Have Dementia: Will Travel (Still) Part One
My next few blogs will be about traveling with dementia and are NOT an endorsement for the cruise lines.
Most of us have had experiences with our memory such as not being able to remember names. However, for those of us with major short term memory loss, the loss is so much more. Staying around home and having a regular routine makes life a bit easier for me. Traveling is another story.
My husband and I are taking an anniversary cruise in celebration of our fifth anniversary. Preparation for an extended trip was hellish for me and all I really had to do was pack my clothes... My husband has had to make ALL the arrangements. From the very start, he had to make the many phone calls to the cruise lines. During the process, we changed our minds many times, changing ships and destinations until we found just the right one for us. During that time, Bill would tell me where we were going and on what ship...and I could never remember when asked. When we finally chose our current cruise, Bill continued to make calls to get upgrades and discounts. He has had to ask that we have distilled water for my CPAP and a refrigerator for my insulin. I can no longer make those types of phone calls because I get very confused.
And then, there's the little problem with shore excursions-which ones to take. Long lists of available tours off ship on each island are listed on the Royal Caribbean website. As in past blogs, I have stated that the fewer choices I have, the better. We had to print out the lists several times before I could figure out which ones might be best. I kept losing the lists...then I'd forget what I had chosen, so I had to go through the lists again...this happened several times before we decided it might be best to just wait until we got aboard the ship.
Before leaving, friends would ask me where we would be going. I would jokingly say, "Who cares as long as it is warm?" when in actuality, I could not recall the names of the islands we would be visiting. Of the six islands we would visit, I could usually name, maybe, three. And it was impossible for me to tell anyone what it is that we will be doing on each island, even though I was instrumental in choosing the activities.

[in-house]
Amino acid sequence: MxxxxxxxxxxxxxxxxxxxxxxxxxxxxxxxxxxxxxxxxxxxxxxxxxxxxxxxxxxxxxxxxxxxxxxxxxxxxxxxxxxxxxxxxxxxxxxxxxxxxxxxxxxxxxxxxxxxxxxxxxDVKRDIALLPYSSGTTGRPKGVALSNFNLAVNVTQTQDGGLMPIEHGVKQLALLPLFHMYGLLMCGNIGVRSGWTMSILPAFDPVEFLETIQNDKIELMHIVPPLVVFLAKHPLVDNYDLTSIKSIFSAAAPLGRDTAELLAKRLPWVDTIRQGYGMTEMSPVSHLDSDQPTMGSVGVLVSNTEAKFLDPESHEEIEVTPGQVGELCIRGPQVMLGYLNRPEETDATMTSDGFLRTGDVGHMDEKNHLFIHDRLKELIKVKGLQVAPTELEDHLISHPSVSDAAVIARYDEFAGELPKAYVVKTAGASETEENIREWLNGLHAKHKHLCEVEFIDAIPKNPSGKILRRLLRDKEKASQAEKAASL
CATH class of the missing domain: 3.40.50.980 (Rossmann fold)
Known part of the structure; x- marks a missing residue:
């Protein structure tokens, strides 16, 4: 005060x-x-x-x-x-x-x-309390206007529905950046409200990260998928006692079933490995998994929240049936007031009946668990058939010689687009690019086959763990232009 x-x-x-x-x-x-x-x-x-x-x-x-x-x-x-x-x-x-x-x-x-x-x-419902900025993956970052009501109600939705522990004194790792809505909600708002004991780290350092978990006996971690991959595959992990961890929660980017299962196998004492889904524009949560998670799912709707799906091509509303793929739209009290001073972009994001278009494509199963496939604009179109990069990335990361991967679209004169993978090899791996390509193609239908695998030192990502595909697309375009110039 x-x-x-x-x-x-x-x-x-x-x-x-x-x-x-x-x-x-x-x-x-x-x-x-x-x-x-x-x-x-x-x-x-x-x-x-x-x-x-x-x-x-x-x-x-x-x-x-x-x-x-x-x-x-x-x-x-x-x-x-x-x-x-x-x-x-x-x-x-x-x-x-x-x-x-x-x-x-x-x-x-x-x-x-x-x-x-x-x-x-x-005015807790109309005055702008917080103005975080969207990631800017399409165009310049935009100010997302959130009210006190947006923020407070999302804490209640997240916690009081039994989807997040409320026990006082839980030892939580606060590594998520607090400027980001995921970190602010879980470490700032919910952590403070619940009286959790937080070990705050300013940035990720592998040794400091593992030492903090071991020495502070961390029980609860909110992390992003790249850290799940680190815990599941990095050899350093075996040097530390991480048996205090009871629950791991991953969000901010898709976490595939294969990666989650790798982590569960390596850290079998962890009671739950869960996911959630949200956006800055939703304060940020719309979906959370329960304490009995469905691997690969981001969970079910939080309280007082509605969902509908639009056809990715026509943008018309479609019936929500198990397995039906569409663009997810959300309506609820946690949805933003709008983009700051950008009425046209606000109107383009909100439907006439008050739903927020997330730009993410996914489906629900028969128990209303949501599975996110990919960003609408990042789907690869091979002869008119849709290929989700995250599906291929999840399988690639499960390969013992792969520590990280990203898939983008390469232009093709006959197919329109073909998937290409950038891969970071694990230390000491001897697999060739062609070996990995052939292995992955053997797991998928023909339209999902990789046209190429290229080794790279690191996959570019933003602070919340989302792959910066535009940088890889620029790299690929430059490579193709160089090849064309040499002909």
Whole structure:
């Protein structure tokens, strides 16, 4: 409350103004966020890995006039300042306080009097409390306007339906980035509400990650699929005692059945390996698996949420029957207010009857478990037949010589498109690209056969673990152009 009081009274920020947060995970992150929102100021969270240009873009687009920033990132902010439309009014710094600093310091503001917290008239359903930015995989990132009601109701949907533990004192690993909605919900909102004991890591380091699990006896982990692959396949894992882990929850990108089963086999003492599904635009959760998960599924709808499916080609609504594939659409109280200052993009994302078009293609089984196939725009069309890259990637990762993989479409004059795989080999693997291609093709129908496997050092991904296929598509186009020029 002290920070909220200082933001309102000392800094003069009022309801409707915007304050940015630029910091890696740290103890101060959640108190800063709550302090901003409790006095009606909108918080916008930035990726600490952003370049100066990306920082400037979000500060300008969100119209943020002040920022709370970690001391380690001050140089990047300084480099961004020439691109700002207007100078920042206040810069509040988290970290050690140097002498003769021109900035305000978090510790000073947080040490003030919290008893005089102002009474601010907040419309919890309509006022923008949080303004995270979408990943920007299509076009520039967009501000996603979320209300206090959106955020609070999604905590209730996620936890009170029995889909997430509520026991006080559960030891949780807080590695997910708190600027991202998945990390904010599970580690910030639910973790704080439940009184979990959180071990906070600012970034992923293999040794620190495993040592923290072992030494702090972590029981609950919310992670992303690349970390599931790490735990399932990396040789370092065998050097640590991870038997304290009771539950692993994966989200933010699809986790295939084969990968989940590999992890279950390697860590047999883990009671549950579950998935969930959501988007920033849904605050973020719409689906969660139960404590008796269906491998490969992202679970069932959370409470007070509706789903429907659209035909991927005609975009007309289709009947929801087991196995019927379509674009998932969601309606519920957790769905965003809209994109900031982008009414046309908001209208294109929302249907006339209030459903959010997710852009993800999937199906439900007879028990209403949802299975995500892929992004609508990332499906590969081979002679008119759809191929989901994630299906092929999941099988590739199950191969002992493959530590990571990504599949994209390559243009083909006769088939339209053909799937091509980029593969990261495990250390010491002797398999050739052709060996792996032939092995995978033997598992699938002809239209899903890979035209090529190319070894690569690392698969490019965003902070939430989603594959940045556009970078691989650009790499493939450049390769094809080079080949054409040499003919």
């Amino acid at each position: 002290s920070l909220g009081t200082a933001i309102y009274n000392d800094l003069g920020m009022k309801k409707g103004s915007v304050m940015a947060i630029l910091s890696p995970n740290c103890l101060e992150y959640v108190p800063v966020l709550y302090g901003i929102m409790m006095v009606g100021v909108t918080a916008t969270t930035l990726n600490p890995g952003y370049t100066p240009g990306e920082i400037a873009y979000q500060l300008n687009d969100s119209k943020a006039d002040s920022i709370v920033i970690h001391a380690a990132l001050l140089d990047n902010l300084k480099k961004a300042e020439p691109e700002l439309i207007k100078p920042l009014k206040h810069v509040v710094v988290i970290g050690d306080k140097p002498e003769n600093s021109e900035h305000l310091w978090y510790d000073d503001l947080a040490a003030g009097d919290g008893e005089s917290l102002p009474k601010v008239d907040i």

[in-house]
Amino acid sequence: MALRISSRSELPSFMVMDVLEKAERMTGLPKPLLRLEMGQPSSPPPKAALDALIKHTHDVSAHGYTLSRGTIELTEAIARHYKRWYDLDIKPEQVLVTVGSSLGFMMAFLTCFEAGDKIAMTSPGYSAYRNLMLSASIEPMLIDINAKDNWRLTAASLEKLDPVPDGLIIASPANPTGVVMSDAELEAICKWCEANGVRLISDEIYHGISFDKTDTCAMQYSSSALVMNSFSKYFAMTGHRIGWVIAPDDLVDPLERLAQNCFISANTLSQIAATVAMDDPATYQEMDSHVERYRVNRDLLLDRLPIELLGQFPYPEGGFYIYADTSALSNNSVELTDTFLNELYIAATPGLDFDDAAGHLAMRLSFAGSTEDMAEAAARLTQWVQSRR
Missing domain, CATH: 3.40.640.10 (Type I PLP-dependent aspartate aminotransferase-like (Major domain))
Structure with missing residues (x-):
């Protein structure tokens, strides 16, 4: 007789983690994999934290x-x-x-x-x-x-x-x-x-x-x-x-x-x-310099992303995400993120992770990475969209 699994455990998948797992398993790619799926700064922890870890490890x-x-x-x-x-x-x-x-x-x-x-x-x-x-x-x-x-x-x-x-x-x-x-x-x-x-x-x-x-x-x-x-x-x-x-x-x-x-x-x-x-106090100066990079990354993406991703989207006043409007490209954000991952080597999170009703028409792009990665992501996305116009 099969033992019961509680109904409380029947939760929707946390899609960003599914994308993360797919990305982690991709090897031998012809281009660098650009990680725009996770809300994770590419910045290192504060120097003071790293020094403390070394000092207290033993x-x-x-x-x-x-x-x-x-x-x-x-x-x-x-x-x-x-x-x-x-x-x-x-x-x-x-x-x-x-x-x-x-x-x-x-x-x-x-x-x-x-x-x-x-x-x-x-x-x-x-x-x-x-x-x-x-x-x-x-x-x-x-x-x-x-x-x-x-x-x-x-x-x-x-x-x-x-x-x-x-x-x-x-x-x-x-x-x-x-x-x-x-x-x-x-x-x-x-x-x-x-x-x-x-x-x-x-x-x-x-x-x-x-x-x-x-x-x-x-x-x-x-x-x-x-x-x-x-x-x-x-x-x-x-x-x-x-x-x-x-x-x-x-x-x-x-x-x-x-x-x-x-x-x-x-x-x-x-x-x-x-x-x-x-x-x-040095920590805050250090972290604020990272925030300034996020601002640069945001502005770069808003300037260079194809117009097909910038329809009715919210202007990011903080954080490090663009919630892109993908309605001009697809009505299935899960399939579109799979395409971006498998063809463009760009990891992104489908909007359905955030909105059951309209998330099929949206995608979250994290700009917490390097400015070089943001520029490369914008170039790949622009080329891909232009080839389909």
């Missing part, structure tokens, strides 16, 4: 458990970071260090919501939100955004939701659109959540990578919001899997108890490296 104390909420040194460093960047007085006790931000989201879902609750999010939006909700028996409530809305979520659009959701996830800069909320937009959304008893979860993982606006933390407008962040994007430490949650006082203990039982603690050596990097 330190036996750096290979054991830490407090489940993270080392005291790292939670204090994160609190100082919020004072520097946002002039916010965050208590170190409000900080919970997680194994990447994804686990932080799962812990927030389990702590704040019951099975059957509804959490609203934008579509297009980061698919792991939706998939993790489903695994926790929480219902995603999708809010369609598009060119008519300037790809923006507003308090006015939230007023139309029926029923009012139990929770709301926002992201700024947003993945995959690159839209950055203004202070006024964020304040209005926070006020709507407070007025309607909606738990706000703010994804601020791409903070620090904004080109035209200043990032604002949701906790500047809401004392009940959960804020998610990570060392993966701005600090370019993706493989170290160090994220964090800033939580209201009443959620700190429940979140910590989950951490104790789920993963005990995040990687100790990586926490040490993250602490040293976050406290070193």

So what do I do to help me in this planning stage? I used to be able to say, "Okay, I need __ pants and ___shirts. And then, I would find so many of each and just pack them in the suitcase. I can't work like that anymore. Now, I need a great deal more structure. Here are some of the ways I made preparing for the cruise easier:
• I had to list on a piece of paper each of the twelve days, write where we would be, the activities planned, and the dress code for dinner. I printed out several copies of this and used one with the next idea. The cruise line will give us a paper each day listing all the information and activities being offered aboard ship... It is too much for me to take in all at once. I need small chunks.
• Using that list, I wrote out the type of clothing I would need for each day. Then I laid out an outfit for each day, mostly capris and a shirt, onto my bed. I printed out labels to attach to each which told the day and outfit. I pinned a label to each blouse. I, then, packed these outfits into my suitcase in the order I would be using them.
• I used my computer to make a comprehensive I.C.E. (In Case of Emergency) list which was then saved onto a flash drive. I included all my condition, medications, and doctors' names and phone numbers. I did the same for my husband. This list will also be handy for posting on our refrigerator back home.
• I assembled all my medications weeks in advance. It's difficult sometimes now with the new system of sending away for medications for three months at a time. It's not like you can get refills overnight. Planning is of the essence as they (whoever that is) says...
So, we have made all preparations for our cruise. Wish us luck! My next blog will be getting to the port, boarding the ship, and getting acquainted with our new surroundings.